Amsterdam is known as the bicycle capital of the world
because of its cyclist-friendly culture and infrastructure, including
more than 500 kilometers of cycle paths and lanes. Nearly half the
working population of the city commutes daily by bike. But it wasn’t
always this way. In the 1950s and 60s, the city was “in thrall to
motorists,” according to The Guardian, and it was only after traffic casualties rose that activists managed to insist on a change in transit policies. The oil crisis of the 70s also made fuel more expensive and led to a push for energy conservation.
Now, bicycle mayors have spread to 91 cities—a global movement powered by the idea that “if Amsterdam can do it, any city in the world can do it.”
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A lot of cycle campaigning work takes place behind the scenes – pouring over plans, drafting submissions and participating in public consultation events.
One of the latest events attended was the Stakeholder Engagement Event on a Review of Sustainable Mobility Policy organised by the Department of Transport, Tourism and Sport (DTTAS) on the 21st of November. Dr. Damien Ó Tuama was there for Cyclist.ie and Mairéad Forsythe for Love 30 (a member group of Cyclist.ie). On the day we restated some of our main campaigning demands: 10% of the transport pie for cycling (or 20% for walking & cycling), making built-up areas permeable and attractive for active travel, and radically improving the integration between cycling and public transport.
The purpose of the event was to start the process of developing a new Sustainable Mobility Policy and to seek the views of the main stakeholders.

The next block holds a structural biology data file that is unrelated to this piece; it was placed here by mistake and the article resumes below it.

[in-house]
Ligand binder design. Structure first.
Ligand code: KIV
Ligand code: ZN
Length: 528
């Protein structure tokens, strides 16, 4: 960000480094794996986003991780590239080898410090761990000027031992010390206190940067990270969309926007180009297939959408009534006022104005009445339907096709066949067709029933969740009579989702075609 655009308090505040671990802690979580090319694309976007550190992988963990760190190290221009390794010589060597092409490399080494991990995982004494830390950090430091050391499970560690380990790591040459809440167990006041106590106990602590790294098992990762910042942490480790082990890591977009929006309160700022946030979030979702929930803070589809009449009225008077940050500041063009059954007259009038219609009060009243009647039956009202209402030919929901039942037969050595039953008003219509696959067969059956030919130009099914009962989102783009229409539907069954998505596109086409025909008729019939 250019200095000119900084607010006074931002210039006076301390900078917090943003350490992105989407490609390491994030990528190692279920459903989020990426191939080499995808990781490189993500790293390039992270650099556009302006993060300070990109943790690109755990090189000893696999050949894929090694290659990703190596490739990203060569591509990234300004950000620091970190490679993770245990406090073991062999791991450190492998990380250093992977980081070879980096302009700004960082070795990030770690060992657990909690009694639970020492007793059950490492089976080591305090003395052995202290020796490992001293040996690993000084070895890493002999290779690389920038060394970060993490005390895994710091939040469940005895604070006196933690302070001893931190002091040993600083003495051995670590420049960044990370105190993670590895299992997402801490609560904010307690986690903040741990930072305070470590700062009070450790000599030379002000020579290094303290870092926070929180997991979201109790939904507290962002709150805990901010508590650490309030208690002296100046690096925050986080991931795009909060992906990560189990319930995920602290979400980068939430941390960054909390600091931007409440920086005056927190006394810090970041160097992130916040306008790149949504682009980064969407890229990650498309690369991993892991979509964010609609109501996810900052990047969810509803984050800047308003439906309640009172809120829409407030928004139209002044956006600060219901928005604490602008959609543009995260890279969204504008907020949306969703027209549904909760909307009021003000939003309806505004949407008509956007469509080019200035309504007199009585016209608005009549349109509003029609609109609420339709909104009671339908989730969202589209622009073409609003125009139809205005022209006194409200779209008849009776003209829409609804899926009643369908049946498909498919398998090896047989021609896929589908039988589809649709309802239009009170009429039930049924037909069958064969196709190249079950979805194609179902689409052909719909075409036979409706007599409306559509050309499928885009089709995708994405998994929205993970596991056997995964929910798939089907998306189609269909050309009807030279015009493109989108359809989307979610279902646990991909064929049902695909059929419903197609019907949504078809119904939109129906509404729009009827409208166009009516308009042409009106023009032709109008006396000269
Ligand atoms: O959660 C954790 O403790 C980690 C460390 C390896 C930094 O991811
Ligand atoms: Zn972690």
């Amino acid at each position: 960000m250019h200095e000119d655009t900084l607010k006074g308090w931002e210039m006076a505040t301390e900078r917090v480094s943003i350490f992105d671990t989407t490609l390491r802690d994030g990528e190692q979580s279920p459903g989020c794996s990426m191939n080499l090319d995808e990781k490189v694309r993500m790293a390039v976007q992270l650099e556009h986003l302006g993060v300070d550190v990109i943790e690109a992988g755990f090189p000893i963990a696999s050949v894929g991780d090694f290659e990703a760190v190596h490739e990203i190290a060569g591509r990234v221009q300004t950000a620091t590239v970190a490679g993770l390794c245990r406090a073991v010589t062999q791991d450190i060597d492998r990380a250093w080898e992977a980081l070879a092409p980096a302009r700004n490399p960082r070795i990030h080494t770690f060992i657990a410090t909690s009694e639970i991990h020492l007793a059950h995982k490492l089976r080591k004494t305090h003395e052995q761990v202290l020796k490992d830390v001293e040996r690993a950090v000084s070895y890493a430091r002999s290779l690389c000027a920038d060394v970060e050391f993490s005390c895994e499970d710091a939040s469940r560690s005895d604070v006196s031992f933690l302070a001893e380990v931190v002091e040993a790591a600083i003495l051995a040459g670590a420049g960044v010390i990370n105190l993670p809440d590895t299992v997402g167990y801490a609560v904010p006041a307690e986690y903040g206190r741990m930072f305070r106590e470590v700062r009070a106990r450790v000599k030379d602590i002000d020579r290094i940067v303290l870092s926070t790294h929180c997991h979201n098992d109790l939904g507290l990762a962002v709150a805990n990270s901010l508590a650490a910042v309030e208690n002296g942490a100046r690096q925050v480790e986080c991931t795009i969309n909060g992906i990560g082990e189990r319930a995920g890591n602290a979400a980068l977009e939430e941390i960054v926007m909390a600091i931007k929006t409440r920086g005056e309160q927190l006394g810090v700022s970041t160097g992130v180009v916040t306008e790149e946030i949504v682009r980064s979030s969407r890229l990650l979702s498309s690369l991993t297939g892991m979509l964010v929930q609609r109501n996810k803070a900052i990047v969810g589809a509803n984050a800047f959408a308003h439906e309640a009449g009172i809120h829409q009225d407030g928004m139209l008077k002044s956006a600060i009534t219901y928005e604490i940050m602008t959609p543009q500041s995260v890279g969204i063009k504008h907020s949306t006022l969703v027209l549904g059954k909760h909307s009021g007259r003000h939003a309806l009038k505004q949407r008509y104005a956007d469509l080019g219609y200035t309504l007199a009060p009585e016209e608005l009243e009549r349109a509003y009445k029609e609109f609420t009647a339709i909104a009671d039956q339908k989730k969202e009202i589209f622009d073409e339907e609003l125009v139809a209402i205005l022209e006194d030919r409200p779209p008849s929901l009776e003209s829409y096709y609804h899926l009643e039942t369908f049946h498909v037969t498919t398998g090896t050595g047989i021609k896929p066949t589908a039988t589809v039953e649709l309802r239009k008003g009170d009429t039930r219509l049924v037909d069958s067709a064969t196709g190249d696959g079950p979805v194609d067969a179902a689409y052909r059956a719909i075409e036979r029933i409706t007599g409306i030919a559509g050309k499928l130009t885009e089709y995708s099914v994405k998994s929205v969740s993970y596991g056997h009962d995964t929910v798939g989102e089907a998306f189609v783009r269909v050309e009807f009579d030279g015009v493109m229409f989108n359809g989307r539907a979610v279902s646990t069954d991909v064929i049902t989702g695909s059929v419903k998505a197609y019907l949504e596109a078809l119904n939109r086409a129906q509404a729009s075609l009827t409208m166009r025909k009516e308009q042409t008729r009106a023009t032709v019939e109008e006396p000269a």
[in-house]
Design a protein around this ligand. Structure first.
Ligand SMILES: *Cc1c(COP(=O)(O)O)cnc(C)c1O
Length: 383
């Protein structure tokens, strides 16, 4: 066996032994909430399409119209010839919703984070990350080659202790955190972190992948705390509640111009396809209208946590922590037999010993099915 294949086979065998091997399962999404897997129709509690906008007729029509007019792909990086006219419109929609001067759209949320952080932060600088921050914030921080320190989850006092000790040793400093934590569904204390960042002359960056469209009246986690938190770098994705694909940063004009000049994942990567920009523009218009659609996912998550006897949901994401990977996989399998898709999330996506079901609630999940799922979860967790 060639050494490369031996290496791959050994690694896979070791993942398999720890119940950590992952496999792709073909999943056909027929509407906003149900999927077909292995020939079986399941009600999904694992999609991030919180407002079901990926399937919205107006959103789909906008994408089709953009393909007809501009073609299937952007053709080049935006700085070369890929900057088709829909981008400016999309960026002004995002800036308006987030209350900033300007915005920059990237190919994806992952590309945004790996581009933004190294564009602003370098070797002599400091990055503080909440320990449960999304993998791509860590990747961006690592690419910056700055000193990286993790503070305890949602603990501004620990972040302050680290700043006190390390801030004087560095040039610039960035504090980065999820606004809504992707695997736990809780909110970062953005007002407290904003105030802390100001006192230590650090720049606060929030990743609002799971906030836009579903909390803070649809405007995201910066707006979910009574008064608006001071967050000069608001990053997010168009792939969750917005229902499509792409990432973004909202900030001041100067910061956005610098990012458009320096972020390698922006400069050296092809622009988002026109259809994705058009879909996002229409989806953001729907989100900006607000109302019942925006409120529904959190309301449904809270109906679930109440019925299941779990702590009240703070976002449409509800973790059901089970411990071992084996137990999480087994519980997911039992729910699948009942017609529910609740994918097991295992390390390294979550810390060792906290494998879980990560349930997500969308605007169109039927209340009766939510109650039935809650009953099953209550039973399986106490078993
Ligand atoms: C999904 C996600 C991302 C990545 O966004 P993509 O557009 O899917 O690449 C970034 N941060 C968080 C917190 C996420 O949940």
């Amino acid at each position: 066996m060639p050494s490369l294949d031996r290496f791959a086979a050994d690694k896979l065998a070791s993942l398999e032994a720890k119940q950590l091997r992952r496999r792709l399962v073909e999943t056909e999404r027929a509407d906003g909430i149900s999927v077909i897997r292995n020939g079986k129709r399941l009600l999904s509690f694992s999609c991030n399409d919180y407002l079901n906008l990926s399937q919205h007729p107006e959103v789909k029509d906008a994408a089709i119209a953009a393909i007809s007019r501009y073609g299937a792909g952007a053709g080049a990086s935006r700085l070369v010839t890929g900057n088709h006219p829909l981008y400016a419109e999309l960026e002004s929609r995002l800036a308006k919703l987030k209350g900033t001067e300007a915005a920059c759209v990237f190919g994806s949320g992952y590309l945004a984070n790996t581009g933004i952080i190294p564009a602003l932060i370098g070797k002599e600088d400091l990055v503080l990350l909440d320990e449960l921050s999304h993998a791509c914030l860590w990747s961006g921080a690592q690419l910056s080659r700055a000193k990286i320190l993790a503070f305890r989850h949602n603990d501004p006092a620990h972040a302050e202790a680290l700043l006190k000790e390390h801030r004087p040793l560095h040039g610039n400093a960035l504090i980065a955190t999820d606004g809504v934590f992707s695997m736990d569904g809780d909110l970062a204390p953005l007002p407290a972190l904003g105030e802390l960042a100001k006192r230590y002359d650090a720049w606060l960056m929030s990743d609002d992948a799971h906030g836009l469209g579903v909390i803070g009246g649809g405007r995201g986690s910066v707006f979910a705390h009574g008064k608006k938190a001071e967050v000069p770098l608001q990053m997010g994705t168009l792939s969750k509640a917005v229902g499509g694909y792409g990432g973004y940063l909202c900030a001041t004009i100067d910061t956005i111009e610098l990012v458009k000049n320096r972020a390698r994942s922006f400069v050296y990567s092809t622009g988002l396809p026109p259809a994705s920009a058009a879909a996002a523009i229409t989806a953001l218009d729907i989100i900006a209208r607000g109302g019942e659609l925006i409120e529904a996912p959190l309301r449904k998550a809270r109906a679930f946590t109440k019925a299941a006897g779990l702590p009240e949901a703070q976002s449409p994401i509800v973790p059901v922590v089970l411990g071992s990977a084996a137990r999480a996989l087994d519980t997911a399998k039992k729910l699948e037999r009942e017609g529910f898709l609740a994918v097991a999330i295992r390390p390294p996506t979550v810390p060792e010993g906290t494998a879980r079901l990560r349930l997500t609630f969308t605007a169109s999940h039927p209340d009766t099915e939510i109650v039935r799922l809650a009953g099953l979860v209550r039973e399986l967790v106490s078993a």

Cyclist.ie will be examining the various papers prepared by DTTAS and preparing a submission ahead of the deadline of 24th of January 2020. Details of the formal consultation process can be seen here.
If you have time to help out with examining some of the background papers (in particular, Paper #2 on Active Travel) or with helping to draft a response to the consultation, we would love to hear from you. Contact us.
Our presentations to the Joint Oireachtas Committee on Transport, Tourism and Sport (JOCTTS) on 20th of November raised the profile of the issues we are campaigning on. The contributions by Dr. Damien Ó Tuama and Mairead Forsythe (Cyclist.ie), Kevin Baker and Louise Williams (Dublin Cycling Campaign (DCC)), and Ciarán Ferrie and Downey (I Bike Dublin) covered the core issues of concern to everyday cyclists. While the details of the main issues were captured in Cyclist.ie’s formal submission to JOCTTS – it was a valuable exercise to be able to covey directly to the members of JOCTTS what the problems are and to answer their questions.